conscientiousness, and inquisitiveness (text Table 6.4 and TM 6.5 list corresponding
adjectives for these dimensions). Evidence for validity and generalizability of these
selection methods is low. Job-relatedness is a critical concern.

F. Work samples, such as typing rests, simulate the job. Work samples are job-specific
and tend to be high in criterion-related and content validity and low in adverse
impact. The disadvantages are that generalizability tends to be low, and they are
relatively expensive to develop. The technique used in managerial selection is the
assessment center, which uses a wide variety of multiple selection methods to rate
applicants or job incumbents on their managerial potential. Validity tends to be quite

G. Honesty tests and drug tests—The Polygraph Act of 1988 banned the use of
polygraph tests for private companies except pharmaceutical and security guard
suppliers. Paper-and-pencil honesty testing attempts to assess the likelihood that
employees will steal. Since these tests are new, there is little evidence on their
effectiveness. Table 6.5 contains some sample items.
1. The major controversies are whether drug tests represent an invasion of privacy,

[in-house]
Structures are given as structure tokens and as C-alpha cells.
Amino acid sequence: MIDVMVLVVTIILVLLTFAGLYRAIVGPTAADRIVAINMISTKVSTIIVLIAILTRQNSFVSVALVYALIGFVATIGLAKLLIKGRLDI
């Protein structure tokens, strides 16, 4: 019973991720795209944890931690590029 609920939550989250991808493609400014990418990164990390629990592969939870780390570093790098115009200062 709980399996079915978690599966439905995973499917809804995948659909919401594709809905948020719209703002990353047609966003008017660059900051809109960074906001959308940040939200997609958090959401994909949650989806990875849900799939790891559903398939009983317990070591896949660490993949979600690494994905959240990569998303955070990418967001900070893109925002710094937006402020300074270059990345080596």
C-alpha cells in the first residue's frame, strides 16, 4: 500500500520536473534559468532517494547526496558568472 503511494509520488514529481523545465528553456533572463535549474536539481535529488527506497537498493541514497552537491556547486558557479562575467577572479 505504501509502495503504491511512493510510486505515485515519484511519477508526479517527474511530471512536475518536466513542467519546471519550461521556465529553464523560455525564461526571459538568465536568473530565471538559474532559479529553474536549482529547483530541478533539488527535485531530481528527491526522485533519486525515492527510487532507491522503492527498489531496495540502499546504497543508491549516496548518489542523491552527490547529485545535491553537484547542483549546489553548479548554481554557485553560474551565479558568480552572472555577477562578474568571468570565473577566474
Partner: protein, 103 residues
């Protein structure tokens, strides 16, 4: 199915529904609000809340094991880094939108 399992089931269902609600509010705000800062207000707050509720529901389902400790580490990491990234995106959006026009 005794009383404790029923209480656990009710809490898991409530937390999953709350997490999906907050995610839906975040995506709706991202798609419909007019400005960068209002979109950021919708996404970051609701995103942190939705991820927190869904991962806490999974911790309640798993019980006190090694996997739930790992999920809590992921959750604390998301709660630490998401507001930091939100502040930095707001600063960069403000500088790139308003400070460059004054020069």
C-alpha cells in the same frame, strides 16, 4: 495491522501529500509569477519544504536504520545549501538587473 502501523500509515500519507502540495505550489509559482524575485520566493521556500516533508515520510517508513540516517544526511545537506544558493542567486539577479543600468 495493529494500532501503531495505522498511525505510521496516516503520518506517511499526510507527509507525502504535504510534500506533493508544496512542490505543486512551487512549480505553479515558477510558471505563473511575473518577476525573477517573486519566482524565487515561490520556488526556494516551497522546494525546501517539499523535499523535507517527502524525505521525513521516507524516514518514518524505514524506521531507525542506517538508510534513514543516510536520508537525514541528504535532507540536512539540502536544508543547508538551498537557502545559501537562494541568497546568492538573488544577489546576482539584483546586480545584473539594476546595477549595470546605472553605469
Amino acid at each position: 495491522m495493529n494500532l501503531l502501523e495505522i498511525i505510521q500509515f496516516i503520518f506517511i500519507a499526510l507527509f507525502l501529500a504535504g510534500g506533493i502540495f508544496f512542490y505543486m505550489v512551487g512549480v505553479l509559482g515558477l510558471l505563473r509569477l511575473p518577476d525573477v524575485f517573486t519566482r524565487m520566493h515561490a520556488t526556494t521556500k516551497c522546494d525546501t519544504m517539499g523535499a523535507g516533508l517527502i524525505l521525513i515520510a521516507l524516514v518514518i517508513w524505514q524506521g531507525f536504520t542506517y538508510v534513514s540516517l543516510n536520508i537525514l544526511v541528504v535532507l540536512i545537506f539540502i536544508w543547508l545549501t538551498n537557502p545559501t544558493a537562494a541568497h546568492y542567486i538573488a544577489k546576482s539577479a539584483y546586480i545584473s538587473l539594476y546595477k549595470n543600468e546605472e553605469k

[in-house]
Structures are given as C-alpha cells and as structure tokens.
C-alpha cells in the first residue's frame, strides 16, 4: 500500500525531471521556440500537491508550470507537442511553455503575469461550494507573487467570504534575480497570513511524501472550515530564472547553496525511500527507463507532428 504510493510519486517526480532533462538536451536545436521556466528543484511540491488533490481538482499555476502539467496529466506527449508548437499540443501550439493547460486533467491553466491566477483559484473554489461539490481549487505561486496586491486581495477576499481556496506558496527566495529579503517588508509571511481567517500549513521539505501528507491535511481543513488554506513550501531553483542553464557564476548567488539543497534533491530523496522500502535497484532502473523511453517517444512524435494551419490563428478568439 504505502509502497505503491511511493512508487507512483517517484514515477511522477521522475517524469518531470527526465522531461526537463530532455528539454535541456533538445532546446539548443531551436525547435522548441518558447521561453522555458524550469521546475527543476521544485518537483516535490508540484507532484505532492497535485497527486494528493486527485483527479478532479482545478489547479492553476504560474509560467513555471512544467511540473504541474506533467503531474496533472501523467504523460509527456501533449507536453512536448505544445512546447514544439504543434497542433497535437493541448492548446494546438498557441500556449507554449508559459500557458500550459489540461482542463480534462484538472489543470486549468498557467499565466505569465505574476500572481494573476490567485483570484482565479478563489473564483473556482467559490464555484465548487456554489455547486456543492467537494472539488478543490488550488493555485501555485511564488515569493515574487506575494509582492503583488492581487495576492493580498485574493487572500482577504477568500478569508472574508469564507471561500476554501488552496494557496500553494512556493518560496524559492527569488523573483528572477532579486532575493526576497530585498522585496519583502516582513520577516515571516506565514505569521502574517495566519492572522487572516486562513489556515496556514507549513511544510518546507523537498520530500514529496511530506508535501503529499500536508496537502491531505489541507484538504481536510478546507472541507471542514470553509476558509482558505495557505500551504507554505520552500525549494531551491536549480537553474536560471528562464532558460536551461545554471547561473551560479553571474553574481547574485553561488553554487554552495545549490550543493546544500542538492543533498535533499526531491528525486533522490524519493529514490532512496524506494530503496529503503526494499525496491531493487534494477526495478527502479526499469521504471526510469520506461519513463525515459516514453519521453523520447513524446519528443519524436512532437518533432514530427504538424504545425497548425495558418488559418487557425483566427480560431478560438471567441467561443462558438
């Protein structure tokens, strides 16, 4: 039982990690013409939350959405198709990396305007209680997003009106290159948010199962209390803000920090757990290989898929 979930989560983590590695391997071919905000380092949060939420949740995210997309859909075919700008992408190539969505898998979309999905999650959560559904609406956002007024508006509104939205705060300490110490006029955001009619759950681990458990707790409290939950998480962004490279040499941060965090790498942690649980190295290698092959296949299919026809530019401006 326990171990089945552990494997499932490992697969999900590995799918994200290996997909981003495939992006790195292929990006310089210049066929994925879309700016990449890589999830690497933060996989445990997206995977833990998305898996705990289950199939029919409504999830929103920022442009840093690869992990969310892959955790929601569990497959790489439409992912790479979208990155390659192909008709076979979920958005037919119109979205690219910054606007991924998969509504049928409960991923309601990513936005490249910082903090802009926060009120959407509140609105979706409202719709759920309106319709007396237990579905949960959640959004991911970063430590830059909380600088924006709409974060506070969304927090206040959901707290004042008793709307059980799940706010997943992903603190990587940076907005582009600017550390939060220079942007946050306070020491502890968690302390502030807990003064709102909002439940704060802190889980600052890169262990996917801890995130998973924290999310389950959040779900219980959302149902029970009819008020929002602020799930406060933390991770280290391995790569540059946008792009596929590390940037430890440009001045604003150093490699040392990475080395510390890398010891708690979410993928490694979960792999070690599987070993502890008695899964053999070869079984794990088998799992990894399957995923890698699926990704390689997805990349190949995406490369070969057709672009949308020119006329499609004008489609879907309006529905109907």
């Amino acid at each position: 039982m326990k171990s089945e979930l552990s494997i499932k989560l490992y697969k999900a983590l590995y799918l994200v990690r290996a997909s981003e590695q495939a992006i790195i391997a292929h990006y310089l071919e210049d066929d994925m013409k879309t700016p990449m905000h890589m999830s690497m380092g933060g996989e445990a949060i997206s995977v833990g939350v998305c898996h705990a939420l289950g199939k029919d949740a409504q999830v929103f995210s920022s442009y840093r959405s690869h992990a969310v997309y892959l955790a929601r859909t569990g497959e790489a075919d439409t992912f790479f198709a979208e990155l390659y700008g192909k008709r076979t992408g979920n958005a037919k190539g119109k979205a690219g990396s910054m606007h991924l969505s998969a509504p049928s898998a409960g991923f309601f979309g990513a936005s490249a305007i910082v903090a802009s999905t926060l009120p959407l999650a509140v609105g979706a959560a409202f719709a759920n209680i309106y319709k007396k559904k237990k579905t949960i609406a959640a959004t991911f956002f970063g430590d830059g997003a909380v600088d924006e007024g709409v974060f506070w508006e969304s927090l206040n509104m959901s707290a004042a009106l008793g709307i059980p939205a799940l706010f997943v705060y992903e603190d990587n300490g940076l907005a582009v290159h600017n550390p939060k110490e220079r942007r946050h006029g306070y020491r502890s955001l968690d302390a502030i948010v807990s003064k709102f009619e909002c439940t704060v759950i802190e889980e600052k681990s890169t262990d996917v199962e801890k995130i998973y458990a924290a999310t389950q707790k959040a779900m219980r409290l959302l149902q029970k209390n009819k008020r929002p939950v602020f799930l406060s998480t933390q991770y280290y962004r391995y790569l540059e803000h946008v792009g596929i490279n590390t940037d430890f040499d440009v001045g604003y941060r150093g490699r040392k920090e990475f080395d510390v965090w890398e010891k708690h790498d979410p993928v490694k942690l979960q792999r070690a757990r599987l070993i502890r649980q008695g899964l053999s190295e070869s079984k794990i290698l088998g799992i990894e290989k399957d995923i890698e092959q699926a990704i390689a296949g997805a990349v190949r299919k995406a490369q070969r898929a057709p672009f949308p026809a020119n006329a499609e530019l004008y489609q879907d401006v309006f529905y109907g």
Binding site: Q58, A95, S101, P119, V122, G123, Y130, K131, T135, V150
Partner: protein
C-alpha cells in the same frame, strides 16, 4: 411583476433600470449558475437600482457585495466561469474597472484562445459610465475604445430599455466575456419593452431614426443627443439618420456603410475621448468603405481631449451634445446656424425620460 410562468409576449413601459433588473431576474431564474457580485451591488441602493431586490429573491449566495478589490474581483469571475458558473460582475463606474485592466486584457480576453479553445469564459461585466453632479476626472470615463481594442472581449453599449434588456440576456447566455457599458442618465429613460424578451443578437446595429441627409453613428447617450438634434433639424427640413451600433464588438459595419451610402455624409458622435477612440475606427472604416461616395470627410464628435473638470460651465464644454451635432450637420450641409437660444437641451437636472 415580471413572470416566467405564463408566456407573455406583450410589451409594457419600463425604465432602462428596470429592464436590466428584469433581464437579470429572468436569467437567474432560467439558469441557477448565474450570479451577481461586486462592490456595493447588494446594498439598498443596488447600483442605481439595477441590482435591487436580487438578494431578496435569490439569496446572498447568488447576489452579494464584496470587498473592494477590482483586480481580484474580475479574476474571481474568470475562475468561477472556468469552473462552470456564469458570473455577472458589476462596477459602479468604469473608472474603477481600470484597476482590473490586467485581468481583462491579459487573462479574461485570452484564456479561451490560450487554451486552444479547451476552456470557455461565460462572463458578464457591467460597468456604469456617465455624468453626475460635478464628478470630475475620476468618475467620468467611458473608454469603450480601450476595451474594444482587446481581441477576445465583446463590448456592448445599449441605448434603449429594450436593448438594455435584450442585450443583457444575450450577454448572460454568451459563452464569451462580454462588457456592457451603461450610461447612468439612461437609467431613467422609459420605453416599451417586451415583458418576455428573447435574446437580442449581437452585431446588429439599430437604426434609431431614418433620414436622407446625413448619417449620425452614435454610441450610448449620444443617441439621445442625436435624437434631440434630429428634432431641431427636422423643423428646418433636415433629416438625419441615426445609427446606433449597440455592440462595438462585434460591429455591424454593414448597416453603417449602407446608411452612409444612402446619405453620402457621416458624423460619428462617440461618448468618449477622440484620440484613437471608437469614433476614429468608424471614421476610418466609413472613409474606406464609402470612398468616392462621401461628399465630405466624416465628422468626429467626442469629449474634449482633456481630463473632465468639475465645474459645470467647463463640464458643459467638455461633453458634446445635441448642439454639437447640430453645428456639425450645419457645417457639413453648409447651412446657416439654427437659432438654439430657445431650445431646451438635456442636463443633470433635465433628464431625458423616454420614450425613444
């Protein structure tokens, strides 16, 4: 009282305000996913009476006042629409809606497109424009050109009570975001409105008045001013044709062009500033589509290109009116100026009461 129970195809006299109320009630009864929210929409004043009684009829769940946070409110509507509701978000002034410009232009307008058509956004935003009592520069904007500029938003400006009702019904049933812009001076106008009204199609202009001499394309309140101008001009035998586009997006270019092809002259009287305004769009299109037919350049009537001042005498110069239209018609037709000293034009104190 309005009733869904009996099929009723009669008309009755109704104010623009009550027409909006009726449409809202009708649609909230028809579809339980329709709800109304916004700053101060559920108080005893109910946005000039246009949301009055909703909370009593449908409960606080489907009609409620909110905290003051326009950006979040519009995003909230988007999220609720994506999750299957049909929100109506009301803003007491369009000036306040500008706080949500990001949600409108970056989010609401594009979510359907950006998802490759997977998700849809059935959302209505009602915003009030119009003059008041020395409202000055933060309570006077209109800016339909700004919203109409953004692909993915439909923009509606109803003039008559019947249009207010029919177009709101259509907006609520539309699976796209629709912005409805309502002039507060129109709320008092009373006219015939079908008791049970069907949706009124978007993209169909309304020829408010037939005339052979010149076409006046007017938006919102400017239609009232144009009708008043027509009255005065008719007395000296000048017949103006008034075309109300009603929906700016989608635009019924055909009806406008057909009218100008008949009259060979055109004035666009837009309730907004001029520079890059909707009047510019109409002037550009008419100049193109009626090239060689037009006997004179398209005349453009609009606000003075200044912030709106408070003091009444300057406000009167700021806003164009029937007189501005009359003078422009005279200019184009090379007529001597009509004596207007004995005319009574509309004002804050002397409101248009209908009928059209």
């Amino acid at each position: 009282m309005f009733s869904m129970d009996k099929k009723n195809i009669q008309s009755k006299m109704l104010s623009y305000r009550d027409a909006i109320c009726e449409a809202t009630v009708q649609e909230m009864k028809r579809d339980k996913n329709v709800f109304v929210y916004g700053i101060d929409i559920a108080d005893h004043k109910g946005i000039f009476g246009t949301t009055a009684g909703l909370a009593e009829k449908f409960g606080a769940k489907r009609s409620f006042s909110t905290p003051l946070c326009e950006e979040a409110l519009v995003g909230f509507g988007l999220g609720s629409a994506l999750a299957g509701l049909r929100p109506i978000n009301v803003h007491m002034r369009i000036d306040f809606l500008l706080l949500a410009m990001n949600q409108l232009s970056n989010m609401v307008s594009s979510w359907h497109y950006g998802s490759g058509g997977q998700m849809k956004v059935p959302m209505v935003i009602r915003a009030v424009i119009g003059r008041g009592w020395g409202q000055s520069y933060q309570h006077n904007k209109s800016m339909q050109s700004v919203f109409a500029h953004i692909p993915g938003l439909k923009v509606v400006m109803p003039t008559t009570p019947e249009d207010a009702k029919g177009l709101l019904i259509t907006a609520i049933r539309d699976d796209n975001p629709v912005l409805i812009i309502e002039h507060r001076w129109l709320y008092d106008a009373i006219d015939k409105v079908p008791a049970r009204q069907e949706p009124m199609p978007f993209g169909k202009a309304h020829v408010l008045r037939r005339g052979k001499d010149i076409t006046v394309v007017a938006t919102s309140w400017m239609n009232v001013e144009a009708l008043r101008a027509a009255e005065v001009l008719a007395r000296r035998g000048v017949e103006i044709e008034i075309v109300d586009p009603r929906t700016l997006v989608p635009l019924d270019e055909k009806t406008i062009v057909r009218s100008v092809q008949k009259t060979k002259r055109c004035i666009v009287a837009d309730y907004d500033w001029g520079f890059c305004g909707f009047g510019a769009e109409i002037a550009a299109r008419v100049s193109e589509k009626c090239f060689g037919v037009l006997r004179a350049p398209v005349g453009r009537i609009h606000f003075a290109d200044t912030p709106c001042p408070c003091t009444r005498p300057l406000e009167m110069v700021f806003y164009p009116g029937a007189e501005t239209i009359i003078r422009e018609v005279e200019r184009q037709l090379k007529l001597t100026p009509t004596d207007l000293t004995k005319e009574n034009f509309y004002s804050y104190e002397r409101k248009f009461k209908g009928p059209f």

an unreasonable search and seizure. or a violation of due process. At this point,
there has not been much legislation or litigation.

2. These tests should be administered systematically to all applicants applying for

the same job, and testing is likely to be more defensible when there are safety
hazards associated with the failure to perform. Test results should be reported to
the applicant, who should have an opportunity to appeal and be retested. If
current employees are tested, there should be a rehabilitation process available.

(Table 6.6 in the text provides a summary of personnel selection methods and
their reliability, validity, generalizability, utility, and legality.)

Chapter Vocabulary
Reliability, Reliability of Measurement, Validity, Criterion-related Validity, Predictive
Validation, Concurrent Validation, Content Validation, Content-Validation Ratio,
Generalizability, Utility, Selection Ratio, Selection Interviews, Watson v. Fort Worth Bank and
Trust, References and Biographical Data, Physical Ability Tests, Cognitive Ability Tests,
Verbal Comprehension, Quantitative Ability, Reasoning Ability, Personality Inventories, Work
Samples, Honesty Tests and Drug Tests, Assessment Center
Discussion Questions
1. We examined nine different types of selection methods in this chapter. Assume that
you were just rejected for a job based on one of these nine methods. Obviously, you might
be disappointed and angry regardless of what method was used to make this decision, but
can you think of two or three methods that might leave you most distressed? In general,
why might the acceptability of the test to applicants be an important standard to add to the
five we discussed in this chapter?
2. Some have speculated that in addition to increasing the validity of decisions,
employing rigorous selection methods has symbolic value for organizations. What message
is sent to applicants about the organization through hiring practices, and how might this
message be reinforced by recruitment programs that occur before selection and training
programs that occur after selection?